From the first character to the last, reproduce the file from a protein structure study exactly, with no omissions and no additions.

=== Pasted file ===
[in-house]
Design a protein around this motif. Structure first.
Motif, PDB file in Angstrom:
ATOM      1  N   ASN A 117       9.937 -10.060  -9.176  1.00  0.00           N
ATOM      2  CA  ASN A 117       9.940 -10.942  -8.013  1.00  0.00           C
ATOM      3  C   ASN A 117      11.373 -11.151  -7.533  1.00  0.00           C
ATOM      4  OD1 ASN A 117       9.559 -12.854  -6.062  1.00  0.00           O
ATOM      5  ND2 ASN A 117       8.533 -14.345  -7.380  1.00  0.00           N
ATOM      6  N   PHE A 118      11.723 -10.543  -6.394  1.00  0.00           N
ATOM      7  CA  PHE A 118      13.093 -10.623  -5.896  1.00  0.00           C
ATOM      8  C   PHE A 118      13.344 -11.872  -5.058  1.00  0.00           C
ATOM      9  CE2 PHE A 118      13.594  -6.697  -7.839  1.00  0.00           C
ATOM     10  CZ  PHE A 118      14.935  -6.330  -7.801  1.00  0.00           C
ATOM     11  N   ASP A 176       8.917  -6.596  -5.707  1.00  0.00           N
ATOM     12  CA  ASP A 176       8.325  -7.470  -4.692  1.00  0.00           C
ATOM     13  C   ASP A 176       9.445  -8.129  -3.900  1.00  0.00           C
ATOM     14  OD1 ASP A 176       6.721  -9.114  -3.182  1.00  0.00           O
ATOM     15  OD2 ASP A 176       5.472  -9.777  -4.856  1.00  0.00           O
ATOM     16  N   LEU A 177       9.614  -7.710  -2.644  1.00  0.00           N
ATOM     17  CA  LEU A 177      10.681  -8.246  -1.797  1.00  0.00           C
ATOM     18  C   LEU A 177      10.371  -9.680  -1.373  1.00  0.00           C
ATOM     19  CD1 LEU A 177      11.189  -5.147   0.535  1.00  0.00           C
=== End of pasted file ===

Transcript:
[in-house]
Design a protein around this motif. Structure first.
Motif, PDB file in Angstrom:
ATOM      1  N   ASN A 117       9.937 -10.060  -9.176  1.00  0.00           N
ATOM      2  CA  ASN A 117       9.940 -10.942  -8.013  1.00  0.00           C
ATOM      3  C   ASN A 117      11.373 -11.151  -7.533  1.00  0.00           C
ATOM      4  OD1 ASN A 117       9.559 -12.854  -6.062  1.00  0.00           O
ATOM      5  ND2 ASN A 117       8.533 -14.345  -7.380  1.00  0.00           N
ATOM      6  N   PHE A 118      11.723 -10.543  -6.394  1.00  0.00           N
ATOM      7  CA  PHE A 118      13.093 -10.623  -5.896  1.00  0.00           C
ATOM      8  C   PHE A 118      13.344 -11.872  -5.058  1.00  0.00           C
ATOM      9  CE2 PHE A 118      13.594  -6.697  -7.839  1.00  0.00           C
ATOM     10  CZ  PHE A 118      14.935  -6.330  -7.801  1.00  0.00           C
ATOM     11  N   ASP A 176       8.917  -6.596  -5.707  1.00  0.00           N
ATOM     12  CA  ASP A 176       8.325  -7.470  -4.692  1.00  0.00           C
ATOM     13  C   ASP A 176       9.445  -8.129  -3.900  1.00  0.00           C
ATOM     14  OD1 ASP A 176       6.721  -9.114  -3.182  1.00  0.00           O
ATOM     15  OD2 ASP A 176       5.472  -9.777  -4.856  1.00  0.00           O
ATOM     16  N   LEU A 177       9.614  -7.710  -2.644  1.00  0.00           N
ATOM     17  CA  LEU A 177      10.681  -8.246  -1.797  1.00  0.00           C
ATOM     18  C   LEU A 177      10.371  -9.680  -1.373  1.00  0.00           C
ATOM     19  CD1 LEU A 177      11.189  -5.147   0.535  1.00  0.00           C